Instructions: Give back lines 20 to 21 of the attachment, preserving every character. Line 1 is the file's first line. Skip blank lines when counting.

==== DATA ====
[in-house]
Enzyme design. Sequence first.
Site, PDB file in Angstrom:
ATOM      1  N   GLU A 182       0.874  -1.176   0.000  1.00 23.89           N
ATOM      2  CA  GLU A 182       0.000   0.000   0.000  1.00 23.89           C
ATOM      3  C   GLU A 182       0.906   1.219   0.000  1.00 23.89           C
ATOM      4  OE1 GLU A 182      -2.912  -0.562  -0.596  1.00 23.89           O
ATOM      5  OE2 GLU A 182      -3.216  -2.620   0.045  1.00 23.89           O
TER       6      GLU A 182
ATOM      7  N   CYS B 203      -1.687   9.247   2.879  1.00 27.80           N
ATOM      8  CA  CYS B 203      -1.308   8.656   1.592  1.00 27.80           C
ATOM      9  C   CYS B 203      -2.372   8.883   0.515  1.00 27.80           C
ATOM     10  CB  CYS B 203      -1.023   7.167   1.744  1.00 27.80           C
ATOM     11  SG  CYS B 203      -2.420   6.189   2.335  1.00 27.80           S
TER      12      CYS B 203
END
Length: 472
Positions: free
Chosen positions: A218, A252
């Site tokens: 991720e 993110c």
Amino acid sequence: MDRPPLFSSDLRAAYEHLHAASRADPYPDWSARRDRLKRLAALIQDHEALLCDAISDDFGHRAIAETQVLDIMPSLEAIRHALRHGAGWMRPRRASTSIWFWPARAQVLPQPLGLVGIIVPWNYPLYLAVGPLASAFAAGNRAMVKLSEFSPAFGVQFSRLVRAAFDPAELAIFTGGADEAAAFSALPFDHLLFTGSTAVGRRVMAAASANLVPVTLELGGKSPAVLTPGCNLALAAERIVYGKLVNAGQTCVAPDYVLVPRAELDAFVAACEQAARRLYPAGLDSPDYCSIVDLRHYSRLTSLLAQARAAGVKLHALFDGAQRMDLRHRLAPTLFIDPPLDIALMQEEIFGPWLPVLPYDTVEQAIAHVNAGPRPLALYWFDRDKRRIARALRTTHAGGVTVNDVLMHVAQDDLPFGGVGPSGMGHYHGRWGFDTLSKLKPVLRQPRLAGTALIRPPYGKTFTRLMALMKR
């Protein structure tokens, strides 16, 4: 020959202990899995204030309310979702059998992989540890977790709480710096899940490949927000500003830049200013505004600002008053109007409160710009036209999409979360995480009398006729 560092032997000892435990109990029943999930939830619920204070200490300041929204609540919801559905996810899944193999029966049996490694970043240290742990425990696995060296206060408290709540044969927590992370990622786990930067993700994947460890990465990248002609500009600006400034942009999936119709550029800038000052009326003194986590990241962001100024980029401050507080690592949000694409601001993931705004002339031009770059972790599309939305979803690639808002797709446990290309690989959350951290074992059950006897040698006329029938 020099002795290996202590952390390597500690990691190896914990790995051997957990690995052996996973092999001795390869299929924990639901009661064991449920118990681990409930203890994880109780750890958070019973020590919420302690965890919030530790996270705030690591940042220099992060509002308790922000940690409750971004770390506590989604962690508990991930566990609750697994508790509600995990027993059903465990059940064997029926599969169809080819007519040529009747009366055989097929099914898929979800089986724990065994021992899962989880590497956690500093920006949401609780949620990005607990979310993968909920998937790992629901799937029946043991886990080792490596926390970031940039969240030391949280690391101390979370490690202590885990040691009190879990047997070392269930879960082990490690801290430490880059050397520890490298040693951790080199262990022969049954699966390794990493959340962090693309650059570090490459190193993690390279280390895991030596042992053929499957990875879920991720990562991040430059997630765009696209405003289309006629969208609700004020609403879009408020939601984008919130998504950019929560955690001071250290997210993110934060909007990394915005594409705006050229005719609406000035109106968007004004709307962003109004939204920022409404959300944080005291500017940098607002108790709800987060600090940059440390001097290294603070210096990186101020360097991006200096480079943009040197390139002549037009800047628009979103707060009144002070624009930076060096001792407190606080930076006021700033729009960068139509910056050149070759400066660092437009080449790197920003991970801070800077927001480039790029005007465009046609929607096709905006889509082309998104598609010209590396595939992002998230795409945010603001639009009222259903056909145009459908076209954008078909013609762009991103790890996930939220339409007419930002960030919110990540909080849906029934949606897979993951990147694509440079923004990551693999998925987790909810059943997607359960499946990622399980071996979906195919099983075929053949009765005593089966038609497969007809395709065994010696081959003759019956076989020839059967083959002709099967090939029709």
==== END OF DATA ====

């Site tokens: 991720e 993110c």
Amino acid sequence: MDRPPLFSSDLRAAYEHLHAASRADPYPDWSARRDRLKRLAALIQDHEALLCDAISDDFGHRAIAETQVLDIMPSLEAIRHALRHGAGWMRPRRASTSIWFWPARAQVLPQPLGLVGIIVPWNYPLYLAVGPLASAFAAGNRAMVKLSEFSPAFGVQFSRLVRAAFDPAELAIFTGGADEAAAFSALPFDHLLFTGSTAVGRRVMAAASANLVPVTLELGGKSPAVLTPGCNLALAAERIVYGKLVNAGQTCVAPDYVLVPRAELDAFVAACEQAARRLYPAGLDSPDYCSIVDLRHYSRLTSLLAQARAAGVKLHALFDGAQRMDLRHRLAPTLFIDPPLDIALMQEEIFGPWLPVLPYDTVEQAIAHVNAGPRPLALYWFDRDKRRIARALRTTHAGGVTVNDVLMHVAQDDLPFGGVGPSGMGHYHGRWGFDTLSKLKPVLRQPRLAGTALIRPPYGKTFTRLMALMKR